This is kind of an embarrassing story.
Six or seven months ago, I was invited to be a guest on a podcast to talk about blogging. I created a card deck around blogging, and a group coaching and training program on the same subject.
You should know right off the bat that I’m SUPER self-conscious when it comes to speaking. I explained to the host that I tend to freeze — after all, I’m a writer, not a speaker — and asked if she wanted me to provide interview questions, or if she could provide questions in advance to me.
“Nah, I like to just let the conversation flow,” she said. “Don’t worry about it; you’ll do great.”
Oookaaaay, I thought, hoping she was right.
After all, we’d be speaking about blogging.
I KNOW blogging! For crying out loud!
I created a card deck and a course on the subject!
Yep, that’s my card deck! Check it out here: ineedcopy.com/deck
She was right. I’d be fine.
The day of the interview arrived.
I showed up on Zoom at the right time, chatted a bit with the host before she started recording, and then fell into an uneasy silence as she made the final preparations before hitting record.
The first few minutes went well. She asked me what I do, and how I came to be an expert on blogging.
Then she asked me something that made my mustache sweat. (Okay, I don’t have a mustache, other than those fine hairs that top the lips of most non-mustache people. But on me, those little babies sweat!)
She said, “So Renae, share with our viewers the top three things they should know about blogging.”
“The top three things?” I frowned, thinking frantically, trying to stay poised.
“Well, uh, you know, I’d have to think about this for a moment, um, maybe the first thing would be to write conversationally,” I said, gulping, feeling a teeny, tiny moment of relief for having said something that was at least intelligible.
“Okay,” the host said. “Let me ask you this. What advice would you give to someone who wants to start blogging?”
I hemmed and hawed, and again gave the same kind of hem-hawy, obvious answer.
The host, obviously not happy with my reply, asked another question to try to pry this knowledge out of me.
Again, I “umm”ed and “uh”ed, mentioning how I’d have to look back at my materials to be able to give a great answer.
Finally, she had enough.
“Renae, I’m stopping the recording,” she said, explaining how she wanted me to get my talking points down and then to book another time with her.
I apologized and told her that THIS is why I wanted to go over the questions and answers in advance. She told me, in no uncertain terms, that she didn’t do business that way.
Still, she said, she wanted me to prepare a list of talking points on blogging, and then she’d be happy to interview me again.
Guess what? I still don’t have my talking points together, and I had hoped the host would have forgotten about me by now.
Wouldn’t you know it though … when I attended a live event this past February, she was there.
I avoided her until I couldn’t, when someone “introduced” us.
She said, “Sure, I know Renae.”
To me, she said, “I haven’t forgotten you, we need to get back together!”
“Yeah, I know!” I beamed, thinking on the inside, “Oh hell no!”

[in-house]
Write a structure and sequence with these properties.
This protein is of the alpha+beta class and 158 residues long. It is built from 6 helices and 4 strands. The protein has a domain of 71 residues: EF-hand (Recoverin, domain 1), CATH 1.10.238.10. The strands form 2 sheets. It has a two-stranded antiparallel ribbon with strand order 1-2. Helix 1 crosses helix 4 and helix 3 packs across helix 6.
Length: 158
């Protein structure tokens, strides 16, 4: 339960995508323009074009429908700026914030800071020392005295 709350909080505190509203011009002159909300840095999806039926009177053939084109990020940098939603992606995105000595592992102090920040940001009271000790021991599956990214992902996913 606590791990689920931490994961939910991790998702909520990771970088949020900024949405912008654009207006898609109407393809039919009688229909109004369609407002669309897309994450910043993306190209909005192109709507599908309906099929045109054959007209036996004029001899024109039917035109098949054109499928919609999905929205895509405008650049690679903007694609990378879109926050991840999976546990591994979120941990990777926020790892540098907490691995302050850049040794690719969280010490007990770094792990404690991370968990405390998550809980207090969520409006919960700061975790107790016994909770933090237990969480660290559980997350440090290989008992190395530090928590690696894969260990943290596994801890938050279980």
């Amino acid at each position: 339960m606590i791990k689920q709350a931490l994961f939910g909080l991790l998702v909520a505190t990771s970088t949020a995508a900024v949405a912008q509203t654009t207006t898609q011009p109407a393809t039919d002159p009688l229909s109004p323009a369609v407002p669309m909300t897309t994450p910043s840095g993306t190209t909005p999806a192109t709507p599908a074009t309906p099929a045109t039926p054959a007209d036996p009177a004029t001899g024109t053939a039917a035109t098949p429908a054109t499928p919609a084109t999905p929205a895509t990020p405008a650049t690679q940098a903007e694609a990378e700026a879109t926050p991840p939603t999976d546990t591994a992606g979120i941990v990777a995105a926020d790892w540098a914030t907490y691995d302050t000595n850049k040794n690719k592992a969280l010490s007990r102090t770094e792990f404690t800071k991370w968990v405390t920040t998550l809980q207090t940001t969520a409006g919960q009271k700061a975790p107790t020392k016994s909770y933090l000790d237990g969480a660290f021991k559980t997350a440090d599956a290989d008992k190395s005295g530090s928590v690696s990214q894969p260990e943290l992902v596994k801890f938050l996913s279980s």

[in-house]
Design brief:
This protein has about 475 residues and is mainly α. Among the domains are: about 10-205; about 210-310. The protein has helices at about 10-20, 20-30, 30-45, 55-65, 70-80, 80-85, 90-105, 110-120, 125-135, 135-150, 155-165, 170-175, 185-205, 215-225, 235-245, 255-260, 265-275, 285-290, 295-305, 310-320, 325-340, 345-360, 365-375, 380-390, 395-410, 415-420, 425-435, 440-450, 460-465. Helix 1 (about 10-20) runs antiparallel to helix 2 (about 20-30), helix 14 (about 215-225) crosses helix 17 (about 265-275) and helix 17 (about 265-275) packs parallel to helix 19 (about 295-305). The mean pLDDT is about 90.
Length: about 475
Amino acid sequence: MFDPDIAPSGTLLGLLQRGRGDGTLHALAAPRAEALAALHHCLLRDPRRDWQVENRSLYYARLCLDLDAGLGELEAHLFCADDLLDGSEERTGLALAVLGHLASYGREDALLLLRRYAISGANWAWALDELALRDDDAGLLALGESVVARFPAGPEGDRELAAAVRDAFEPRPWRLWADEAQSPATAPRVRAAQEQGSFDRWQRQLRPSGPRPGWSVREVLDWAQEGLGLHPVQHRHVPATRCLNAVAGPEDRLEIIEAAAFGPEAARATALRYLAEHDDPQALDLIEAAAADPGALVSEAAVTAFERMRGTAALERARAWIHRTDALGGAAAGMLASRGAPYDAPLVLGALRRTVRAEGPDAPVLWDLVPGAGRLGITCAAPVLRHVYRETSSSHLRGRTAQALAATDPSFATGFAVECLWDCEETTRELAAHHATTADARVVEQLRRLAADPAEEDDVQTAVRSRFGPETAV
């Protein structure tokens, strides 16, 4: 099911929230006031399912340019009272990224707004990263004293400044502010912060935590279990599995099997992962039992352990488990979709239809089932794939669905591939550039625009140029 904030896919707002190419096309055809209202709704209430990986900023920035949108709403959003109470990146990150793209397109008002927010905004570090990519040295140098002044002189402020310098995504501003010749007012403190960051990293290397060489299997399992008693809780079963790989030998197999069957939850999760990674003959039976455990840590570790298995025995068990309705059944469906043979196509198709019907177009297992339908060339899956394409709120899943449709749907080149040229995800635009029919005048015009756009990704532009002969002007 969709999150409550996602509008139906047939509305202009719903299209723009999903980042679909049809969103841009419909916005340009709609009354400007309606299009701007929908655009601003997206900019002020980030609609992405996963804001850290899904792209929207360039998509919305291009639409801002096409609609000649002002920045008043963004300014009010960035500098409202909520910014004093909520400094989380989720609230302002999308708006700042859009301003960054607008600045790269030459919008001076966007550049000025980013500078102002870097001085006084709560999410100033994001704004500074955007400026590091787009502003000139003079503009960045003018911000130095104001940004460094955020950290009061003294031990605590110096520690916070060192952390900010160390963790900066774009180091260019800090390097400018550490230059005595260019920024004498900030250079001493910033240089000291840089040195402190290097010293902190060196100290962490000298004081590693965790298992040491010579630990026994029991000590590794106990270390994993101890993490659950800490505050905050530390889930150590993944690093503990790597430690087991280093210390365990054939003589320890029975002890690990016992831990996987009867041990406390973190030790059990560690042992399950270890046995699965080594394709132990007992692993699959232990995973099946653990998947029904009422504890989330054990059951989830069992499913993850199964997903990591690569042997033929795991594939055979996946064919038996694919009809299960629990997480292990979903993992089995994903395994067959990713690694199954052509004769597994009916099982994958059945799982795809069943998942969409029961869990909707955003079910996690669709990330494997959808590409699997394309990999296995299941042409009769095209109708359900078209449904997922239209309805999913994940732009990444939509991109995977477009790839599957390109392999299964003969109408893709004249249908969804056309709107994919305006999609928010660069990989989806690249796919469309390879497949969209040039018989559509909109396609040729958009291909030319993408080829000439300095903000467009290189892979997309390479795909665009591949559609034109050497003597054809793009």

That’s my horror story, which continues to live on and unfold to this very day, the day I’m writing this post.
Why am I sharing?
I’m sharing because I just read an ebook called the “Perfect Media Guest Blueprint: Tips from LA & NYC Producers, Our Set, and More,” by Kate and Jacqueline Hellmers of The Stepping Forward with Kate Show.
In just over 40 pages, the authors share funny stories and advice for stepping up and being seen in the media.
Here’s the bit that convinced me to share my story (emphasis mine):
Get experience. Don’t try to get on a huge morning show if you’ve never been on TV. Start out on podcasts, the radio, local TV and then work your way up to the big shows. By doing that, you lose most of your nerves, you know your stuff, and you’ll be relaxed. Some Producers require 40 shows before they let you on their show. You NEVER know if you’ll freeze the first time you’re on or if your voice will show your nerves. You wouldn’t be allowed to cook a 5-course dinner for 1,000 people at the Oscar’s party if you’ve never cooked.
Get practice. It’s easy and you’ll have more fun. Plan out what you are going to say and how you are going to say it. Don’t wing it until you’ve done 40–50 interviews. Don’t read a script either. We tell newbies to write out their entire interview, questions and answers. Read it over 20 times like you are giving a speech. THEN, make your bullet points. Then try it again. You’ll have most if it down and be much more relaxed. Not only that, but you’ll be able to plan and guide the entire interview towards them wanting to sign-up for your goods! It will feel relaxed and not like you are selling something.
Can I tell you?
I feel SO MUCH BETTER knowing that my experience is not unique! I’m not the only one who freezes. I’m not the only one who needs practice!
And now I have a way to prepare — write it out, read it 20 times as if giving a speech, and, THEN, create bullet points.
I’m going to do it, for sure, because people STILL want to interview me, and I STILL avoid it like the plague :)
If you’re interested in getting media exposure — even if you’re NOT a scared-silly sh** like me — you can get Kate and Jacqueline’s “Perfect Media Guest Blueprint,” available through the Scale-Up & Grow Giveaway.
Just navigate to https://www.scaleupandgrowgiveaway.com/Renae and register.
When the giveaway is LIVE, you’ll receive an email letting you know where to go and grab it.
And while you’re there, take a look at the other gifts. You never know which one piece of wisdom or advice will set you free.
Or at least get you ready for another podcast interview!
P.S. What are your thoughts on this topic? Please leave a comment!
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